British Labour leader Jeremy Corbyn has ruled out backing a second referendum on a final Brexit deal after suggestions his party could include the policy in their general election manifesto.
His spokesman said: "A second referendum is not our policy and it won't be in our manifesto".
It comes after shadow chancellor John McDonnell yesterday said the government should "put the deal to Parliament and possibly to the country overall" and Mr Corbyn dodged a question on the issue in his first keynote speech of the campaign.
In the speech, Mr Corbyn promised to put wealth "in the hands of the people of Britain" as he focused on big business.
Mr Corbyn cast the 8 June poll as a battle of "the Establishment versus the people", as he promised to overturn a "rigged system" which allowed the rich and powerful to extract wealth from the nation.
A "morally bankrupt" Conservative Party was intent on preserving the system while cutting public services and blaming migrants and the unemployed for the woes of the economy, he said.
And he told an audience of activists in central London: "It is the rigged economy the Tories are protecting that Labour is committed to challenging.
"We will not let the elite extract wealth from the pockets of ordinary working people any longer."
Controversial business figures like Mike Ashley of Sports Direct, Philip Green, Southern Rail and tax-avoiding multinationals should be "worried" about the prospect of a Labour government, said Mr Corbyn.
"Those are the people who are monopolising the wealth that should be shared by each and every one of us in this country," he said.
"It is wealth that should belong to the majority and not a tiny minority."
He vowed: "We will no longer allow those at the top to leech off of those who bust their guts on zero hours contracts or those forced to make sacrifices to pay their mortgage or their rent.
"Instead of the country's wealth being hidden in tax havens, we will put it in the hands of the people of Britain, as they are the ones who earned it."
Mr Corbyn promised he would not "play by the rules" if he won the election, but would take on the "cosy cartels that are hoarding this country's wealth for themselves".
Despite polls putting Labour as many as 21 points behind the Tories, he insisted the election result was not a "foregone conclusion", declaring: "Things can, and they will, change."
While Prime Minister Theresa May sought to frame the election as about Brexit, he insisted it was a battle of "the Conservatives, the party of privilege and the richest, versus the Labour Party, the party that is standing up for working people to improve the lives of all".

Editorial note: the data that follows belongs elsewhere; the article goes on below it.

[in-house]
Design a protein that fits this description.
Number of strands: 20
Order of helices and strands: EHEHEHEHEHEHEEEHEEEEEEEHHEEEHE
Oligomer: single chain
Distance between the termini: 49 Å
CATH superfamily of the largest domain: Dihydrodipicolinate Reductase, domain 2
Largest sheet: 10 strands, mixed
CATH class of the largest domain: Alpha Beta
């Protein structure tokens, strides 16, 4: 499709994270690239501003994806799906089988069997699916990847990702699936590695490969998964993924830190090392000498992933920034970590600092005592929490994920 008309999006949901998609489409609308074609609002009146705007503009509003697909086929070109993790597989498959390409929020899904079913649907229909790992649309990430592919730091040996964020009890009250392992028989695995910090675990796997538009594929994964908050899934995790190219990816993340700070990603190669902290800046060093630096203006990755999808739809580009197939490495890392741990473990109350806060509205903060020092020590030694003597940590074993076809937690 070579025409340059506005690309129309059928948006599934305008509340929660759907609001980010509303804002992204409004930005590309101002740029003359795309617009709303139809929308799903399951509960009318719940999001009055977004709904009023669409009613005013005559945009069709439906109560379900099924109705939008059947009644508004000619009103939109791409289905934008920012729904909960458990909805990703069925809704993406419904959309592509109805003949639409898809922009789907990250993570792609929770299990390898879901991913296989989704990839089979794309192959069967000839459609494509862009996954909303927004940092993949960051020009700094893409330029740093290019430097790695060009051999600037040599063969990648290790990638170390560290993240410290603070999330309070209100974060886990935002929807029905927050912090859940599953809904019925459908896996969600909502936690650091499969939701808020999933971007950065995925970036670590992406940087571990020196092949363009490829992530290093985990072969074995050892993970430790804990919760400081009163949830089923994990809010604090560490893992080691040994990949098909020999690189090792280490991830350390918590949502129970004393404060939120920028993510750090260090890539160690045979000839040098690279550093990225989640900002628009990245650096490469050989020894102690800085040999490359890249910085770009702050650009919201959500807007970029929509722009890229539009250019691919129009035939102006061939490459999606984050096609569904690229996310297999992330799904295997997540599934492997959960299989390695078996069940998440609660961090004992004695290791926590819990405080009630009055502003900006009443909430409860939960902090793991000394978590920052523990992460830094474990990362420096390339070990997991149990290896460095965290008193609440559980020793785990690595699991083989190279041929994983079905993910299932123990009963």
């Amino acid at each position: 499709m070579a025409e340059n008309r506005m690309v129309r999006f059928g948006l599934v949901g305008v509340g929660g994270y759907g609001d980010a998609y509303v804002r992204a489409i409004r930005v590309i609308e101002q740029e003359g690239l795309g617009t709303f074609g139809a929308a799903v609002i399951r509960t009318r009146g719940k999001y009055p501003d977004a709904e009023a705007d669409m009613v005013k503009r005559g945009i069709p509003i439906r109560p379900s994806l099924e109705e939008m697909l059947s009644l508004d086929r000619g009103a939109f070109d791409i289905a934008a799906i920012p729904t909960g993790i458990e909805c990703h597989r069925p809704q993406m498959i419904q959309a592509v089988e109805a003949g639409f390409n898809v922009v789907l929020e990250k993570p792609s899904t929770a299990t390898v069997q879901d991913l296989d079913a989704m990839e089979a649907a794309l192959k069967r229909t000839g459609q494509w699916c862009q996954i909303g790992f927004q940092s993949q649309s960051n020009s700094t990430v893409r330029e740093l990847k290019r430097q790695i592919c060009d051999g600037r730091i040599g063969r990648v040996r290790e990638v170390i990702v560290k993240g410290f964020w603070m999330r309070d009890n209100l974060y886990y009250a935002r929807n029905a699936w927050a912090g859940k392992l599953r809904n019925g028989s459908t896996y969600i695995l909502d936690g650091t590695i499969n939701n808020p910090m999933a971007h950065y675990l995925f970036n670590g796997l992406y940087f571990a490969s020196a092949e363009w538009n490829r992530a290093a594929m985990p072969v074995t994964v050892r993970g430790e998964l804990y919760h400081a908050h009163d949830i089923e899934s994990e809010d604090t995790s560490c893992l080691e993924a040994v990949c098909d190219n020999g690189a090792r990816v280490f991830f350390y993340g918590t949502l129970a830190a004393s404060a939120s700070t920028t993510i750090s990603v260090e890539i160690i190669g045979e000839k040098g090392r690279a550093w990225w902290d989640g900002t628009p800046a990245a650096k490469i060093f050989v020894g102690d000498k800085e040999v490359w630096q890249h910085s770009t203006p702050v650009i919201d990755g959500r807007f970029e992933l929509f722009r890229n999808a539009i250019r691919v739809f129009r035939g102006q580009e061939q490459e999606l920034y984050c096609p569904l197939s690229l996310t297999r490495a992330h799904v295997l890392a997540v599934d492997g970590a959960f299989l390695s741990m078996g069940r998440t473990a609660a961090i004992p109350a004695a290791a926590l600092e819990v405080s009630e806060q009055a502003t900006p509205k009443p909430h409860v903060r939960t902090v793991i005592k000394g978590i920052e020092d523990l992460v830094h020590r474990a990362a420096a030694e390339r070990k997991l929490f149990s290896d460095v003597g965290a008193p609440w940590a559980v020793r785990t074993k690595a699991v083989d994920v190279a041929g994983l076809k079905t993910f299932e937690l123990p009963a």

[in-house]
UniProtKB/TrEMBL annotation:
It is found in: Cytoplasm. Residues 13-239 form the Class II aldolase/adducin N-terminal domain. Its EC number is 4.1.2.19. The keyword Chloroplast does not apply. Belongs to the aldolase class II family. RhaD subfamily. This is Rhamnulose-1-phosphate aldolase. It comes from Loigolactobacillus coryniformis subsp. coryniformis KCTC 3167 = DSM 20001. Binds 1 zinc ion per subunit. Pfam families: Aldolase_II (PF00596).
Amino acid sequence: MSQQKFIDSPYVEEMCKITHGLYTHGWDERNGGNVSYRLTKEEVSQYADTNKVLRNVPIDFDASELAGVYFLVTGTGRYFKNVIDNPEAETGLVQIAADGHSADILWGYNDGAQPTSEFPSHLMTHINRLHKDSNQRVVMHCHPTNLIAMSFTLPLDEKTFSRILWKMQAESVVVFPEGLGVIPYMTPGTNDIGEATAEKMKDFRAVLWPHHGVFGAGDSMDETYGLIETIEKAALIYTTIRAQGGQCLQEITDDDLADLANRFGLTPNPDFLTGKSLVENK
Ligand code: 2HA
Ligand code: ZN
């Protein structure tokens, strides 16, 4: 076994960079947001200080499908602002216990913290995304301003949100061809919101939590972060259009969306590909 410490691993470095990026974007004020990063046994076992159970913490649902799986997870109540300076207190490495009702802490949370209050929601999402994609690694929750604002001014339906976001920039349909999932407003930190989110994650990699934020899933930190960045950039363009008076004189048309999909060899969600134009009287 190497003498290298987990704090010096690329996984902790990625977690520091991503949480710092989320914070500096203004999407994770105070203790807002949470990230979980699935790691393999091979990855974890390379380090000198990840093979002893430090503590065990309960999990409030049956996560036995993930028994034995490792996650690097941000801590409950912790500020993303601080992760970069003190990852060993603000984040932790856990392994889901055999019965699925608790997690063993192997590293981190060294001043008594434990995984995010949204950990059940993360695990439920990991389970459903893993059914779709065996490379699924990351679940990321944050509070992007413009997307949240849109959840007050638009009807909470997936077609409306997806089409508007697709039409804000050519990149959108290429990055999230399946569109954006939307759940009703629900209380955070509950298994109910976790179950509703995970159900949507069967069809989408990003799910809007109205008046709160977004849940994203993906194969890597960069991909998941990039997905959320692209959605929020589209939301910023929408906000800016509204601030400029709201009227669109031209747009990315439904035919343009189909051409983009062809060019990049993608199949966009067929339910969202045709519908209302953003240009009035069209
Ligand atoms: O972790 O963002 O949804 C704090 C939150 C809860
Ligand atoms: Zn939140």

Under his leadership, Labour was not part of the "cosy club" at Westminster which thinks it is natural for Britain to be "governed by a ruling elite, the City and the tax-dodgers", he said.
Answering questions from journalists, Mr Corbyn said Labour's manifesto would be "fully costed and will be all accounted for and paid for".
Asked about suggestions that Labour considered the idea of a second referendum on a Brexit deal, Mr Corbyn replied: "The European Union negotiations are going on and we set out our (red) lines on the negotiation.
"Primarily, it's about getting and retaining tariff-free access to the European market.
"We haven't threatened to turn Britain into an offshore tax haven on the shores of Europe, undermining the European economy."
Instead, Labour wants a "good process by which we continue to trade with Europe".
He added: "Walking away and trading under the World Trade Organisation - the manufacturing industry in this country would be extremely damaged."
EU's Juncker, Barnier to meet May next week
EU Commission head Jean-Claude Juncker and the bloc's chief Brexit negotiator Michel Barnier will hold talks with British Prime Minister Theresa May in London next Wednesday, a spokeswoman said.
"President Juncker will travel to London at the invitation of Prime Minister May to discuss the process of the Article 50 negotiations between the EU 27 represented by the commission and the United Kingdom," commission spokeswoman Mina Andreeva told reporters.